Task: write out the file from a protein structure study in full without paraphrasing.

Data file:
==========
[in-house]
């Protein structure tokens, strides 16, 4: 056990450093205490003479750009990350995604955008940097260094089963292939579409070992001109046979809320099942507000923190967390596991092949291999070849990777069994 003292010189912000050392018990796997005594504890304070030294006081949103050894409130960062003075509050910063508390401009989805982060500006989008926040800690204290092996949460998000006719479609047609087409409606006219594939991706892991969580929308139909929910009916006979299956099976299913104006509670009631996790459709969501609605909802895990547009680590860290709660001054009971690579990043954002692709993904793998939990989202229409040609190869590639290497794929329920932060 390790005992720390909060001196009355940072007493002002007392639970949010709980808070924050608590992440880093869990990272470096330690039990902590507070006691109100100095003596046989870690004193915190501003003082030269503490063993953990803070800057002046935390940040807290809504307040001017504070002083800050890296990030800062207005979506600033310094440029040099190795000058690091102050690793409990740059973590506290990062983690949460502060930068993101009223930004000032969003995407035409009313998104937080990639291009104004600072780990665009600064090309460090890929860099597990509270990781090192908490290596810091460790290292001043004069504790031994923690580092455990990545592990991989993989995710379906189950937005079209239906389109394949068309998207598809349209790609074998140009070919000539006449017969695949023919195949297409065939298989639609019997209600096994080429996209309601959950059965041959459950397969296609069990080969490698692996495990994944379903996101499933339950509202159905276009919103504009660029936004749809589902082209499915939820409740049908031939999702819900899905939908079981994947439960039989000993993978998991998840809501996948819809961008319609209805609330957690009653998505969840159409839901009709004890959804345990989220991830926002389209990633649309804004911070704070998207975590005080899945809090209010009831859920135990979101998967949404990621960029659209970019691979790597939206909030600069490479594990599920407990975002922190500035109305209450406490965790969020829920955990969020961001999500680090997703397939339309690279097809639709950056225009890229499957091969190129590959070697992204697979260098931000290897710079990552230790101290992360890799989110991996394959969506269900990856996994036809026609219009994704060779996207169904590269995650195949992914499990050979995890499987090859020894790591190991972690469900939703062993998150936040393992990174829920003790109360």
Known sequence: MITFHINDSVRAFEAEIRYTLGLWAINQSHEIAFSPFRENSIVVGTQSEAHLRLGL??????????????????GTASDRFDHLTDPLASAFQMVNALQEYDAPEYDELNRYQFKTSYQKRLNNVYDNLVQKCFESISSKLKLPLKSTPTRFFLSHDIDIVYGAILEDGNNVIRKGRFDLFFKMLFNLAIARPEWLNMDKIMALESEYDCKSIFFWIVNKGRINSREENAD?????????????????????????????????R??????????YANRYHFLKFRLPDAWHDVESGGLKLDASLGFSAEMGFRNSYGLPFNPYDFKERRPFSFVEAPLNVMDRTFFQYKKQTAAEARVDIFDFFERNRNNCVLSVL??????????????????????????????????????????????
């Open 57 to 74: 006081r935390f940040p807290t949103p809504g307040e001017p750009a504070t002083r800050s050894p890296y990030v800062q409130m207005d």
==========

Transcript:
[in-house]
């Protein structure tokens, strides 16, 4: 056990450093205490003479750009990350995604955008940097260094089963292939579409070992001109046979809320099942507000923190967390596991092949291999070849990777069994 003292010189912000050392018990796997005594504890304070030294006081949103050894409130960062003075509050910063508390401009989805982060500006989008926040800690204290092996949460998000006719479609047609087409409606006219594939991706892991969580929308139909929910009916006979299956099976299913104006509670009631996790459709969501609605909802895990547009680590860290709660001054009971690579990043954002692709993904793998939990989202229409040609190869590639290497794929329920932060 390790005992720390909060001196009355940072007493002002007392639970949010709980808070924050608590992440880093869990990272470096330690039990902590507070006691109100100095003596046989870690004193915190501003003082030269503490063993953990803070800057002046935390940040807290809504307040001017504070002083800050890296990030800062207005979506600033310094440029040099190795000058690091102050690793409990740059973590506290990062983690949460502060930068993101009223930004000032969003995407035409009313998104937080990639291009104004600072780990665009600064090309460090890929860099597990509270990781090192908490290596810091460790290292001043004069504790031994923690580092455990990545592990991989993989995710379906189950937005079209239906389109394949068309998207598809349209790609074998140009070919000539006449017969695949023919195949297409065939298989639609019997209600096994080429996209309601959950059965041959459950397969296609069990080969490698692996495990994944379903996101499933339950509202159905276009919103504009660029936004749809589902082209499915939820409740049908031939999702819900899905939908079981994947439960039989000993993978998991998840809501996948819809961008319609209805609330957690009653998505969840159409839901009709004890959804345990989220991830926002389209990633649309804004911070704070998207975590005080899945809090209010009831859920135990979101998967949404990621960029659209970019691979790597939206909030600069490479594990599920407990975002922190500035109305209450406490965790969020829920955990969020961001999500680090997703397939339309690279097809639709950056225009890229499957091969190129590959070697992204697979260098931000290897710079990552230790101290992360890799989110991996394959969506269900990856996994036809026609219009994704060779996207169904590269995650195949992914499990050979995890499987090859020894790591190991972690469900939703062993998150936040393992990174829920003790109360």
Known sequence: MITFHINDSVRAFEAEIRYTLGLWAINQSHEIAFSPFRENSIVVGTQSEAHLRLGL??????????????????GTASDRFDHLTDPLASAFQMVNALQEYDAPEYDELNRYQFKTSYQKRLNNVYDNLVQKCFESISSKLKLPLKSTPTRFFLSHDIDIVYGAILEDGNNVIRKGRFDLFFKMLFNLAIARPEWLNMDKIMALESEYDCKSIFFWIVNKGRINSREENAD?????????????????????????????????R??????????YANRYHFLKFRLPDAWHDVESGGLKLDASLGFSAEMGFRNSYGLPFNPYDFKERRPFSFVEAPLNVMDRTFFQYKKQTAAEARVDIFDFFERNRNNCVLSVL??????????????????????????????????????????????
């Open 57 to 74: 006081r935390f940040p807290t949103p809504g307040e001017p750009a504070t002083r800050s050894p890296y990030v800062q409130m207005d």